Consultant Lori Hon judges restaurants with her ears.
Though he studied to be a lawyer, Dino Michael’s work is more befitting for a trained anthropologist. As the senior director of food and beverage concepts for Hilton, he spends about half of the year traveling the globe, absorbing cities and their cultural trends to inform the megabrand’s local food concepts: Should the hotel restaurant be a franchise? An original? Or a partnership with an established company?
When he and his team researched the concept for the Waldorf Astoria’s Amsterdam location, Michael spent two weeks in the city visiting shops, restaurants and competing hotels. He discovered that the Dutch like dining in relaxed environments and that the concept of coziness and togetherness is at the heart of their culture. This influenced the build-out of the hotel’s intimate, low-ceilinged bar, which lacks the traditional barrier separating bartender and patrons: “It’s just a talented individual making a drink,” Michael says.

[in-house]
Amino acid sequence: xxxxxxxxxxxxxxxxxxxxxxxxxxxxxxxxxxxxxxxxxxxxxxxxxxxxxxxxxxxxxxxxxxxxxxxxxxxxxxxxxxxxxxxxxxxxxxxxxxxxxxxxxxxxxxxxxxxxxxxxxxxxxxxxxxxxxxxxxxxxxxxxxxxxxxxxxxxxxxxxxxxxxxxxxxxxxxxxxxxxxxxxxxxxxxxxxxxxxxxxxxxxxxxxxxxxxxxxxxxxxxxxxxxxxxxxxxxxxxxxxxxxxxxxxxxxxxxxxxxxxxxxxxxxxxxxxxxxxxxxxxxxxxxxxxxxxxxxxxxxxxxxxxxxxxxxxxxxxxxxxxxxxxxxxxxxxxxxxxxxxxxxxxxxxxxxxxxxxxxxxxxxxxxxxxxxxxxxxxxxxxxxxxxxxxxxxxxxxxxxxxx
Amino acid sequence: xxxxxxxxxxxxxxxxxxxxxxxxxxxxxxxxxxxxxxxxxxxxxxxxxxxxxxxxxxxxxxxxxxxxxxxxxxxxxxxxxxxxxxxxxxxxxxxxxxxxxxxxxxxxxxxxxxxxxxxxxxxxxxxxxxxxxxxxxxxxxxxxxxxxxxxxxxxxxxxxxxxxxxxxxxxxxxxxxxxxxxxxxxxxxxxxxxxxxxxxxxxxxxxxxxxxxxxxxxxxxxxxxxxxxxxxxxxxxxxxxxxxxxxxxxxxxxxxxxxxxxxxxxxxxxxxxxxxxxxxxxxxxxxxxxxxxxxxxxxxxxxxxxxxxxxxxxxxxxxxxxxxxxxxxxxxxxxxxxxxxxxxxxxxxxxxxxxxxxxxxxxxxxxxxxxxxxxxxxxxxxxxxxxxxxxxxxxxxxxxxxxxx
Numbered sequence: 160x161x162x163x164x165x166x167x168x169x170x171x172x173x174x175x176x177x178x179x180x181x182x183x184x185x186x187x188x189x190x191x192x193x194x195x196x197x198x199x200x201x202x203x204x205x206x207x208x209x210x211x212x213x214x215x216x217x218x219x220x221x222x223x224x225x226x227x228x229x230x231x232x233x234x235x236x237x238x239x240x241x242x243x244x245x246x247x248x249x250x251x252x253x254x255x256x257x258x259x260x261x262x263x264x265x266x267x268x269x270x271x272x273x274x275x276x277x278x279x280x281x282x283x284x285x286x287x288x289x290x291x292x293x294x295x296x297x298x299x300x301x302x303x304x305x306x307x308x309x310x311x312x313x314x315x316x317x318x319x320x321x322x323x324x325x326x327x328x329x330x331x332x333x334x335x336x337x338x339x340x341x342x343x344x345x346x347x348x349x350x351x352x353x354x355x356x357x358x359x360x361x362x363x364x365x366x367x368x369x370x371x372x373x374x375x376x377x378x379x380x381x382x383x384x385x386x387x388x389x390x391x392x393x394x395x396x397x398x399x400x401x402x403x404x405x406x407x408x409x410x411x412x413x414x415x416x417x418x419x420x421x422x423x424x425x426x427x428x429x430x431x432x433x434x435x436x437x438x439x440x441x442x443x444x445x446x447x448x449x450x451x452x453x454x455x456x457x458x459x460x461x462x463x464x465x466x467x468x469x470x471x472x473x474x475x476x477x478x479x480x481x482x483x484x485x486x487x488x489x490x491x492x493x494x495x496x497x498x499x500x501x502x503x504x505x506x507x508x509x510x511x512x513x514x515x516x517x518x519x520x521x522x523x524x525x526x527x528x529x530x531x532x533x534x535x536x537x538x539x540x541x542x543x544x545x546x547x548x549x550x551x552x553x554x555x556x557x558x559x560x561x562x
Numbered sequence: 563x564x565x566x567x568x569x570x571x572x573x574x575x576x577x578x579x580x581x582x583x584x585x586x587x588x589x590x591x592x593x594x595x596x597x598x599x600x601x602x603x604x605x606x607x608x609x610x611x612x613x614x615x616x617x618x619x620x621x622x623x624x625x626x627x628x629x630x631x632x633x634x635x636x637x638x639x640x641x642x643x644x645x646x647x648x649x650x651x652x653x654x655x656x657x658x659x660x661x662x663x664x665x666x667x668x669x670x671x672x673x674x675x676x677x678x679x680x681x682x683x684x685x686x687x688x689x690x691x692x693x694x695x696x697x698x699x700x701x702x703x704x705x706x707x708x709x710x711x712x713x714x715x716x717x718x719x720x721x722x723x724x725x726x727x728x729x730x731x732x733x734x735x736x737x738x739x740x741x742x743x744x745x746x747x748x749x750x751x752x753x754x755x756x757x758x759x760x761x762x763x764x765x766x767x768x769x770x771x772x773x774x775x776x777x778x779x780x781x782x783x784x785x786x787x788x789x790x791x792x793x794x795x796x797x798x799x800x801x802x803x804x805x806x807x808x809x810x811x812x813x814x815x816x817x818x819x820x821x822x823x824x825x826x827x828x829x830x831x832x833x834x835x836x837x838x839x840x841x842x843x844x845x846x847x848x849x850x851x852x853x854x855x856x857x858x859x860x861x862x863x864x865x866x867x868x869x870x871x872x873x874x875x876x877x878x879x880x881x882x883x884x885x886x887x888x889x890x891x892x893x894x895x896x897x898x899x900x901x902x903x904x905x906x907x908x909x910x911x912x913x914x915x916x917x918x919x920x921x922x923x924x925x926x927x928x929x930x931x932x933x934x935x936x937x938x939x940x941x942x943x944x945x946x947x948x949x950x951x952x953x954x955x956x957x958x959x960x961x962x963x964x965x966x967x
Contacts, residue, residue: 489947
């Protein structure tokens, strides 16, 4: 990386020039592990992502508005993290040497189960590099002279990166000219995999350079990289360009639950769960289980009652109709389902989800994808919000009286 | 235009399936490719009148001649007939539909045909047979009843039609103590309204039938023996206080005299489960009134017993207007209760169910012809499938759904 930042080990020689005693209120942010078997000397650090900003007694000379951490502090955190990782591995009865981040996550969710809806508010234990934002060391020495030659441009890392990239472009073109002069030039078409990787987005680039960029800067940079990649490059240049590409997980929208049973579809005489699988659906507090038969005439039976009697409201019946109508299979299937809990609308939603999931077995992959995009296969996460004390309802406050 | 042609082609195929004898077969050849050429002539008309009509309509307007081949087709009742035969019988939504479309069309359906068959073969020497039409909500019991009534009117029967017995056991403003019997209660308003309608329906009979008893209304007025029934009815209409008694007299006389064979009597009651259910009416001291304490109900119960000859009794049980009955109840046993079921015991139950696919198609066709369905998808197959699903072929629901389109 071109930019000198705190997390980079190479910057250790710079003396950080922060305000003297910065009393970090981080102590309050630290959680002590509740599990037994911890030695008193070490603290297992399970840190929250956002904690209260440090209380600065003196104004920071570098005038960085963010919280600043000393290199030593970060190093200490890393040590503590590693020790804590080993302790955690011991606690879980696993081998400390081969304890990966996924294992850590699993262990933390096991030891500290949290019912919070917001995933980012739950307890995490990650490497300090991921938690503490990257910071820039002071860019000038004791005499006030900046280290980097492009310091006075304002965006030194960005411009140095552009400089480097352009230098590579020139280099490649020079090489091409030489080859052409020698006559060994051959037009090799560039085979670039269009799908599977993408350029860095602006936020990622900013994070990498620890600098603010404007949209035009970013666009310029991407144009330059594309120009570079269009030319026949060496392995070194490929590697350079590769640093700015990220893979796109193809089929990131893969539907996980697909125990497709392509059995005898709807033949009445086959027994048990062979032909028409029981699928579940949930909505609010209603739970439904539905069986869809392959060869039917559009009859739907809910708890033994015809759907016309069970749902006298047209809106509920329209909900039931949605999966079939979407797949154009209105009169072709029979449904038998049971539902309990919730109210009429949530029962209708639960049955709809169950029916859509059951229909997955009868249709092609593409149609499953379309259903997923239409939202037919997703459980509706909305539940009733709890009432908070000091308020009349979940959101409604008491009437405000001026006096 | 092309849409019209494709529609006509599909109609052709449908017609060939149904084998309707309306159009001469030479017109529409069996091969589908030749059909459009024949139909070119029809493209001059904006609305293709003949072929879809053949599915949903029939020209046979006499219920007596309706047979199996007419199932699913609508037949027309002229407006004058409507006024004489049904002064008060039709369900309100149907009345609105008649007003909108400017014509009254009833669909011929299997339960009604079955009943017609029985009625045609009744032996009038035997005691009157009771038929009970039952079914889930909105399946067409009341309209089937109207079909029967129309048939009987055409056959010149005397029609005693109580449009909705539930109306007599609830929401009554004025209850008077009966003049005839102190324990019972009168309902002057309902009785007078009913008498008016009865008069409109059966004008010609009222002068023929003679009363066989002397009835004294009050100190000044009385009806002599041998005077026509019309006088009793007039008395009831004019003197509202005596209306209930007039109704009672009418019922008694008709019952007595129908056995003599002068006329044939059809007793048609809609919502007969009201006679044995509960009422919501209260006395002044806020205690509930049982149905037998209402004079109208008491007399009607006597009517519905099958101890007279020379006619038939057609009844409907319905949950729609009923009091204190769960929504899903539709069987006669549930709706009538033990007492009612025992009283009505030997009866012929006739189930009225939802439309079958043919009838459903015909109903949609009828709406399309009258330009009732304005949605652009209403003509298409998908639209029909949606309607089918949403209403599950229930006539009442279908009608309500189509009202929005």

Bartenders, he adds, “are always a great source of information: They always know what’s hot and what’s not.” For example, he learned from Berlin’s Soho House bartender that the local bar scene was as important as its restaurant scene in understanding Berlin and its culture.
Michael got his start carrying menus at Planet Hollywood while he was studying to be a lawyer; law school didn’t take, but the hospitality industry did. Today, he juggles three to four projects a week. “I think the pendulum is swinging back in our favor,” he says of hotel dining. “For a long time, people rejected hotels because the industry had lost its way completely. But now there’s such choice, such diversity.”